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Businessman Steve Welch reportedly announced this morning he is ending his bid to be the Republican nominee for the sixth district of Pennsylvania, sparing the party a potentially divisive primary with Rep. Jim Gerlach.

Welch was the favored candidate for what was the open seat when Gerlach said he would run for governor. But last month, Gerlach changed his mind and instead is seeking reelection.

The blog pa2010 captured the remarks this morning as Welch spoke to Chester County Republicans.

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President Obama used his weekly address to the nation to ask members of Congress to "move forward together" on health care reform after his White House summit next week.

"We know the American people want us to reform our health insurance system. We know where the broad areas of agreement are. And we know where the sources of disagreement lie," Obama said.

"After debating this issue exhaustively for a year, let's move forward together. Next week is our chance to finally reform our health insurance system so it works for families and small businesses. It's our chance to finally give Americans the peace of mind of knowing that they'll be able to have affordable coverage when they need it most," he said.

Citing the rate hikes proposed by Anthem Blue Cross and the new report showing more increases are expected across the country, Obama called on Democrats and Republicans to do something about it.

"That's what the future is on track to look like. But it's not what the future has to look like," he said.

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It's an easy observation to make at CPAC: there just aren't a lot of African American conservatives. Walking the halls of this massive event (organizers say up to 10,000 activists are in attendance) you barely see any color in the sea of white faces. The same goes for the candidates on the dais. Though conservatism has embraced a form gender equality when it comes to candidates -- some of the biggest names in conservative politics are women, after all -- there are very few conservative leaders that check a box other than "white" on their Census forms.

One big exception to that rule is Michael Williams, who took the stage this morning to share some of his considerable knowledge about climate change (or, as he would say, the lack thereof) and the intricacies of energy policy. After he gave his remarks, I caught up with him to talk about his race and, among other things, the state of black conservatism.

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Sen. Arlen Specter (D-PA) announced via Twitter today that he has signed onto Sen. Michael Bennet's (D-CO) letter urging leadership to use reconciliation to pass a public option.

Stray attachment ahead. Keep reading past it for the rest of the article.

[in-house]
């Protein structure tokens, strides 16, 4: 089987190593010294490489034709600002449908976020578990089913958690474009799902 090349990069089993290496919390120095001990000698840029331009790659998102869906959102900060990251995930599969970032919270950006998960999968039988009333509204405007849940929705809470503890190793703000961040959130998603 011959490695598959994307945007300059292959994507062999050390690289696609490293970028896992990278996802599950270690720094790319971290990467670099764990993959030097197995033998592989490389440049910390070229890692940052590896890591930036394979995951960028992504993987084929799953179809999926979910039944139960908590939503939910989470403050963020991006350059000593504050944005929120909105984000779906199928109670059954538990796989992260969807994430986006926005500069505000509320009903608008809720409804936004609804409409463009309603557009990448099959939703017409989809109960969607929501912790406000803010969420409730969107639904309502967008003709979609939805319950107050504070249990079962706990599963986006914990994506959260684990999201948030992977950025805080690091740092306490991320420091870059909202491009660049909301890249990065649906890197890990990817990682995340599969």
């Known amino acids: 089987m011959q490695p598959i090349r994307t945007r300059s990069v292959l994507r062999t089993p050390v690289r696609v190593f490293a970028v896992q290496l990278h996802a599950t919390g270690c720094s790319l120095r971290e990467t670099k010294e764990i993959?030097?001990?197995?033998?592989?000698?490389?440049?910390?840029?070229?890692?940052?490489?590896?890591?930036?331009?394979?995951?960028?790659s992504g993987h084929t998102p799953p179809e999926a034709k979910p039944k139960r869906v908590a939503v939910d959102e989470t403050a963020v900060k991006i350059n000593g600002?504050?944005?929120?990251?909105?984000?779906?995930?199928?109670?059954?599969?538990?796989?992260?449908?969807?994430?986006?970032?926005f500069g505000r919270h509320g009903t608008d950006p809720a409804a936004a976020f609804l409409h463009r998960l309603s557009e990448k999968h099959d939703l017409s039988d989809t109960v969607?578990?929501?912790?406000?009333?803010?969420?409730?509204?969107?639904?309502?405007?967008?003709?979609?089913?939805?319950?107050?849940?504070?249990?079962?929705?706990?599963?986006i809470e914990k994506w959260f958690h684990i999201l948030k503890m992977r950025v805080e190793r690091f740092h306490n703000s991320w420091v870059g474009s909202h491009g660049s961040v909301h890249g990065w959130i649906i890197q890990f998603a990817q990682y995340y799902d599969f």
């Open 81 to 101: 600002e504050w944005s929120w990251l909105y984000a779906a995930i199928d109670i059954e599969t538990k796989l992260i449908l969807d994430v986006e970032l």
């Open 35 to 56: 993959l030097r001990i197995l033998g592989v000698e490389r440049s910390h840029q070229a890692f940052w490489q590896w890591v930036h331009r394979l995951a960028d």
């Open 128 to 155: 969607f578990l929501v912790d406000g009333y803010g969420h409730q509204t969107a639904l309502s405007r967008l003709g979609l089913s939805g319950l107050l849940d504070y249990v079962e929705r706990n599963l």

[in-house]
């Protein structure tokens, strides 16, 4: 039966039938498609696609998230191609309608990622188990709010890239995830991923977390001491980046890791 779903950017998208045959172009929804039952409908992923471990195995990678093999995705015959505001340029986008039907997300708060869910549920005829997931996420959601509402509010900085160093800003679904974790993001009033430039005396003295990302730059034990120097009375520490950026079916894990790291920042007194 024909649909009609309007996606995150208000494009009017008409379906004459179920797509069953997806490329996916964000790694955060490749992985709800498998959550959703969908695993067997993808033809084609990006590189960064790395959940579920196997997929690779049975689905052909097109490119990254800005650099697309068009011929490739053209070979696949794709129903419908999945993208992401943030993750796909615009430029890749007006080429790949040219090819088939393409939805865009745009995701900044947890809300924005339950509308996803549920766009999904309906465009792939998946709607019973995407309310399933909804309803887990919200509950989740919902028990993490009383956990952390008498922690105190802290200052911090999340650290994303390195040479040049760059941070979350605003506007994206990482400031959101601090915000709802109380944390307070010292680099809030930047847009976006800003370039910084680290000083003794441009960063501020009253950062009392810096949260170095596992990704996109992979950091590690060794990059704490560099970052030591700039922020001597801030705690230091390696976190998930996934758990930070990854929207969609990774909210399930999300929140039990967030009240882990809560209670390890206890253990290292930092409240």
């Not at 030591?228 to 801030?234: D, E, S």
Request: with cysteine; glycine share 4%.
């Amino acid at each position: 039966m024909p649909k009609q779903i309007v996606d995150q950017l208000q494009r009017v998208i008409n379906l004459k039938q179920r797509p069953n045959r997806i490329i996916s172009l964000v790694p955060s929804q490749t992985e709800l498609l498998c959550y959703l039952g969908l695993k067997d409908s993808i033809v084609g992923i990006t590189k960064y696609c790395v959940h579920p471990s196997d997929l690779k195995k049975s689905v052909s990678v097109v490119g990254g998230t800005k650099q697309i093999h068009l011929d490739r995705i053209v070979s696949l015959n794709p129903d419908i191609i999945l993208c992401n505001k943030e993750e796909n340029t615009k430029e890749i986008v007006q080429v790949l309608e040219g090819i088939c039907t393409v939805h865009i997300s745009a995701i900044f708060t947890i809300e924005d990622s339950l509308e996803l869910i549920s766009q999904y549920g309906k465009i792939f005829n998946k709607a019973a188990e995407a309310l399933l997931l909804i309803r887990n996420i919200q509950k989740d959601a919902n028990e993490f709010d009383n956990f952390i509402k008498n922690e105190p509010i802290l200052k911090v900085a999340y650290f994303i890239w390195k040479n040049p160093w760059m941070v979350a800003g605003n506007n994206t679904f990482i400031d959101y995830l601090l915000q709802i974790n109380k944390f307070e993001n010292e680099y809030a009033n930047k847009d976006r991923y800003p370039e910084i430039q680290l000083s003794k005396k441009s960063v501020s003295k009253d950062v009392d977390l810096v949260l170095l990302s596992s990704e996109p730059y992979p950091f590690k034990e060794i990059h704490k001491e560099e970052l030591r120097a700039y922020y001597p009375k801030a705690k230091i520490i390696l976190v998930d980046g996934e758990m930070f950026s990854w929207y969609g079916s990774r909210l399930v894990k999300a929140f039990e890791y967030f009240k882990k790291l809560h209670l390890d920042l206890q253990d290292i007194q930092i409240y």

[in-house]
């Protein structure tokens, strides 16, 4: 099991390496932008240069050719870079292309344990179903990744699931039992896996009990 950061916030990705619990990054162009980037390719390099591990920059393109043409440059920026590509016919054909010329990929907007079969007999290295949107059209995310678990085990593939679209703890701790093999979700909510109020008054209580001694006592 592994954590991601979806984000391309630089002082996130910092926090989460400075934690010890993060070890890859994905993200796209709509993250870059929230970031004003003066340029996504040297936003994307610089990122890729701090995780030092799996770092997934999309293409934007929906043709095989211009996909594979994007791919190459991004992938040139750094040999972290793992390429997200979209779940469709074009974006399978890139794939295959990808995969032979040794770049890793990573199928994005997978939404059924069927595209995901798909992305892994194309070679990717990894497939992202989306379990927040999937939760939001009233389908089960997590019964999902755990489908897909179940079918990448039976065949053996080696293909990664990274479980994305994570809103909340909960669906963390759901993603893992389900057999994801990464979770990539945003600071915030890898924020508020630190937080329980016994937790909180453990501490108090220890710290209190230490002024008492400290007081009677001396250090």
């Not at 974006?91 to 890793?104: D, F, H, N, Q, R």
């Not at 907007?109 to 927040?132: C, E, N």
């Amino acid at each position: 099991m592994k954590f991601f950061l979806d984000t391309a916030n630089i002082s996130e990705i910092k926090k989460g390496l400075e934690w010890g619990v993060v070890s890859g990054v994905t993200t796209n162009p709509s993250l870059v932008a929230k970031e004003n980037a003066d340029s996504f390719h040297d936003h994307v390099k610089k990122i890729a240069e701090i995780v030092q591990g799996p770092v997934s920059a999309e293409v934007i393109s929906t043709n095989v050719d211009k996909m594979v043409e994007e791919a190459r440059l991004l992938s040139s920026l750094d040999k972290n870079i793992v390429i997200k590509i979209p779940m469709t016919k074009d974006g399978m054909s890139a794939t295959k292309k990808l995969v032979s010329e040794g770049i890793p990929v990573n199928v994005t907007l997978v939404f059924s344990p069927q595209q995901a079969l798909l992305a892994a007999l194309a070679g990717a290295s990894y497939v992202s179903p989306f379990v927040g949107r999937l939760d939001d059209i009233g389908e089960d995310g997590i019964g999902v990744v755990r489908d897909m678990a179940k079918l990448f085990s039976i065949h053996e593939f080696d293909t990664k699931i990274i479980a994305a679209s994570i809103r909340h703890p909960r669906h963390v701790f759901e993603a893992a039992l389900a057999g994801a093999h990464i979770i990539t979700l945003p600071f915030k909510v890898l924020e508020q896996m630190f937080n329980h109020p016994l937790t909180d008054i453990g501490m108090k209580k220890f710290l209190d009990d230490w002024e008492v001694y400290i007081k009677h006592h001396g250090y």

Specter is the 19th senator to do so. The most prominent signatory is Sen. Chuck Schumer (D-NY), the third-ranking Democrat in the Senate.

"I'm proud to sign Sen. Bennet's letter. I support a public option to lower health costs and keep insurance co's hones," Specter tweeted.

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In a statement this afternoon, House Judiciary Chairman John Conyers (D-MI) says that the Justice Department torture memo report released today makes "plain that those memos were legally flawed and fundamentally unsound, and may have been improperly influenced by a desire to tell the Bush White House and the CIA what it wanted to hear."

Conyers, who posted the DOJ documents on his Web site, continued:

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The head of the union that represents IRS workers is slamming a tasteless joke about yesterday's Austin plane crash, made today by a conservative activist.

Refferring to the anti-tax activist Grover Norquist during a speech at CPAC, Jed Babbin, the editor of Human Events, said:

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Doug Hoffman is considering another bid for the 23rd Congressional district but this time will "absolutely" go the Republican establishment route, he told TPMDC.

Hoffman, who hinted he'd run a second time after losing to a Democrat last fall, said if he gets in the race it would be to "get the seat back into Republican hands."

I caught up with Hoffman for an interview at the Conservative Political Action Conference today, and he charged that Rep. Bill Owens (D-NY) violated his campaign pledges on his first week in office by voting for the health care bill.

"I'm the only candidate that can unite the Republican party, the conservative party, the tea party, the 9/12ers and the grassroots of the 23rd district," he said.

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During a CPAC segment to recognize student conservative activists from across the country, one particular conservative, Ryan Sorba of the California Young Americans for Freedom, denounced CPAC for allowing the gay conservative group GOProud to co-sponsor the event and host a booth. After finishing his short speech against homosexuality as being contrary to the concept of natural rights -- amidst booing from the crowd -- he walked off the stage.

"Just to change the subject for just a second, I'd like to condemn CPAC for bringing GOPride (sic) to this event," said Sorba. The young activist crowd erupted into booing, but Sorbs continued. "Bring it. Bring it. I love it. I love it. I love it.

"Guess what? Guess what? All right, guess what? Civil rights are grounded in natural rights," said Sorba. "Natural rights are grounded in human nature. Human nature is a rational substance in relationship. The intelligible end of the reproductive act is reproduction. Do you understand that? Civil rights, when they conflict with natural rights, are contrary -- hey, you sit down. The lesbians at Smith College protest better than you do. The lesbians at Smith College protest than you do. All right? Bring it."

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